I told you that I really liked hand drills, right? Well, here’s last week’s arrival:
This is a Millers Falls #2 “eggbeater” drill, probably made sometime during WWII or just after, due to its domestic hardwood handles and chuck design. It’s not exactly a collectible, especially due to the owner’s initials etched into two spots, but it does at least have its original eight fluted bits stowed in the handle.
This type has dual pinions, which George Langford poo-poos as an inferior later design “feature,” in part because it takes more energy to crank than the previous (admittedly ingenious) design, which I’ll probably snarf up sometime, too. Aside from the fact that I am a Veritable He-Man[tm] who cares not about trifling expenditures of energy, there may be some merit to that claim, because my example’s rear pinion was chatty and clearly annoyed upon arrival. However, one drop of oil fixed this problem, making my #2 into the easiest-turning hand drill I’ve ever used.
It’s been called “the finest hand drill ever made.” I can’t argue.
I have some other new acquisitions, they’ll have to wait for another day to get their spotlight in the blog, though.
I’ve been working on the knob and tote of the Stanley #6 for quite a while now. Here’s how they looked when I got the plane:
The original finish was pretty much shot; chipped off in many places, cracked all over, and generally lousy. I guess that’s not too bad for 70 years of wear, but it wasn’t going to be very comfortable for a tool that I actually wanted to use.
Being very conservative about this, I first tried rubbing only some mineral spirits around the wood to see if the finish would crack and fall off easily, as it’s purported to sometimes do. Unfortunately, that didn’t work. The weak parts of the finish fell right off, sure, but a little less than half was really stuck on there. Here’s how it looked after the mineral spirits:
I don’t know if this was better or worse than before. However, even though I relish driving around in a beat-up-looking car, I do not want the same to be true of my bench planes.
So I waited for an appropriate time and place to get out the ol’ paint stripper. That stuff always gives me the heebie-jeebies, because it usually melts your gloves to a point where you generally throw them out after a strippin’ session. Scary or no, it is effective, as this photo shows:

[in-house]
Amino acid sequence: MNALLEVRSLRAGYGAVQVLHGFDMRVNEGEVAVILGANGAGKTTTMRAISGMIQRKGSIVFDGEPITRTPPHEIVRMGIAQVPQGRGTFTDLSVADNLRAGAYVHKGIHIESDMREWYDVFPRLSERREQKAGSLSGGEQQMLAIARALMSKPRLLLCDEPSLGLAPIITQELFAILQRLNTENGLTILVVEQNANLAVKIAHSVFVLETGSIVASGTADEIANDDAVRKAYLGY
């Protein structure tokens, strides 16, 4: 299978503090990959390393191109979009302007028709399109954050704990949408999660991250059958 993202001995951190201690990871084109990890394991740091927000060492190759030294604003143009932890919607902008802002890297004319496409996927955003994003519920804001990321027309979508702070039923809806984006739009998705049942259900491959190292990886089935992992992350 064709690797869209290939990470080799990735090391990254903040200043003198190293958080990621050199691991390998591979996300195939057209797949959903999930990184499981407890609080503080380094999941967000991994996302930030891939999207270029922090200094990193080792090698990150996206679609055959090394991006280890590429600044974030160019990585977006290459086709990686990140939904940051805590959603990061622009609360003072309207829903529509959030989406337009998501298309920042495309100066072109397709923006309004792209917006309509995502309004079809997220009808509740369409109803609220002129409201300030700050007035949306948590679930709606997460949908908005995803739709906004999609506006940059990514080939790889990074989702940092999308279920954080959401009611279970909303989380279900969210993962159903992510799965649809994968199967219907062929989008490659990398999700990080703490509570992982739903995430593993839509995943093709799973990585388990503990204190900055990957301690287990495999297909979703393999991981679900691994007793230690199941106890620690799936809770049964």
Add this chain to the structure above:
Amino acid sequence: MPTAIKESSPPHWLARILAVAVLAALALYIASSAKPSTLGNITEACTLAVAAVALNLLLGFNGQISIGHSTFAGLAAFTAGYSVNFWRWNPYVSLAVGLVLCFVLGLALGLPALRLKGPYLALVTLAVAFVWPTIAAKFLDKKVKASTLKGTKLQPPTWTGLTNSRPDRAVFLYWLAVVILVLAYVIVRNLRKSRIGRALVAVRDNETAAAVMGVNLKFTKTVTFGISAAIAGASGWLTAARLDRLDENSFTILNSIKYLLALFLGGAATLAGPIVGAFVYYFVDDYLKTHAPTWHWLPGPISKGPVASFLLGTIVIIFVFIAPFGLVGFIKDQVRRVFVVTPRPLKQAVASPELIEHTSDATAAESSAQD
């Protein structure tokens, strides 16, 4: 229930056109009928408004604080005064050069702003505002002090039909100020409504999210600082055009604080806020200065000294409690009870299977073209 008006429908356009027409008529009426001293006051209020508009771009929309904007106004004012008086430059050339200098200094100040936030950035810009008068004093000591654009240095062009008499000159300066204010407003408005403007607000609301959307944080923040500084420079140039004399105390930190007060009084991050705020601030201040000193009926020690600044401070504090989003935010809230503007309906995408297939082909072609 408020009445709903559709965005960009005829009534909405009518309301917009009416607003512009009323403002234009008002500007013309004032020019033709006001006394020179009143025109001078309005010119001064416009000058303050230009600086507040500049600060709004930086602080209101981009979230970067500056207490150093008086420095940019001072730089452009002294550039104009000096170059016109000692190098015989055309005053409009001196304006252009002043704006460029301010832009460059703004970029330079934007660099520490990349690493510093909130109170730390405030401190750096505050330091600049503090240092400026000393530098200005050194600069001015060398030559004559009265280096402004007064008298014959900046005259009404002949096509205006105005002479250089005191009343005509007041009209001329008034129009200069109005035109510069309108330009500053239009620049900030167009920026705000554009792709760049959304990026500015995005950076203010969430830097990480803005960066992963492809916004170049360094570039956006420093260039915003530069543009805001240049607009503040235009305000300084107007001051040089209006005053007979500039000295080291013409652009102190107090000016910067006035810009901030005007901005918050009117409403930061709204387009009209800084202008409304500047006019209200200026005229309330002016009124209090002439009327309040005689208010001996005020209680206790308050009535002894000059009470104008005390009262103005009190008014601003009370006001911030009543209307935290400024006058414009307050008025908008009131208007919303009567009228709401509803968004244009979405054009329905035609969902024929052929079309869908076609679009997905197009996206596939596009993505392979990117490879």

I should make one note about paint stripper–make sure that you clean and rub the wood over with mineral spirits when you’re finishing up. Don’t use water. You see, wood expands and contracts based on its water content, and you risk cracks, raised grain, and all sorts of awful stuff. Wood won’t readily absorb mineral spirits like that. It will evaporate slowly over time and leave the wood in a fairly even, dry state.
So, with the paint finally off, I had a decision to make: what to use for a new finish? Traditionally, varnish or lacquer is used for this stuff, but I’m not much of a fan there. I’ve always really liked the oil finishes, but I wasn’t too sure about this because it is rosewood, after all, and it’s a pretty dark wood already. Not to mention that the tool collectors would scream bloody murder.
Eh, screw those guys. The wood was nicked up anyway, and I really like the way that oil finishes feel in the hand:
This is after two treatments; one more tomorrow and it’s ready to go. It’s hard to tell much because of the glare from the flash, but this is really looking good. The knob is darker than the tote (you can tell this pretty clearly from the stripped photo above), and is now a very rich hue, with the growth rings adding a subtle accent. This should hold up fairly well. I guess if I’m unhappy about it later, I could always draw the oil out with the yummy paint stripper and go at it again with something else. But it’s unlikely that I’ll do anything else except maybe replenish with a different oil.
The chisel problem had been weighing hard and fast on my mind, and today I did something about it. After picking my car up from its regular service, I remembered that there was one of those Woodcraft stores in San Carlos, which is relatively close to the mechanic. Having that convenient mode of transport ready, I went there to see if they had any new chisels that were okay and didn’t cost like a million dollars. Also, I’d never been to one of those stores before, and I was kind of curious to see stuff like the Lie-Nielsen planes.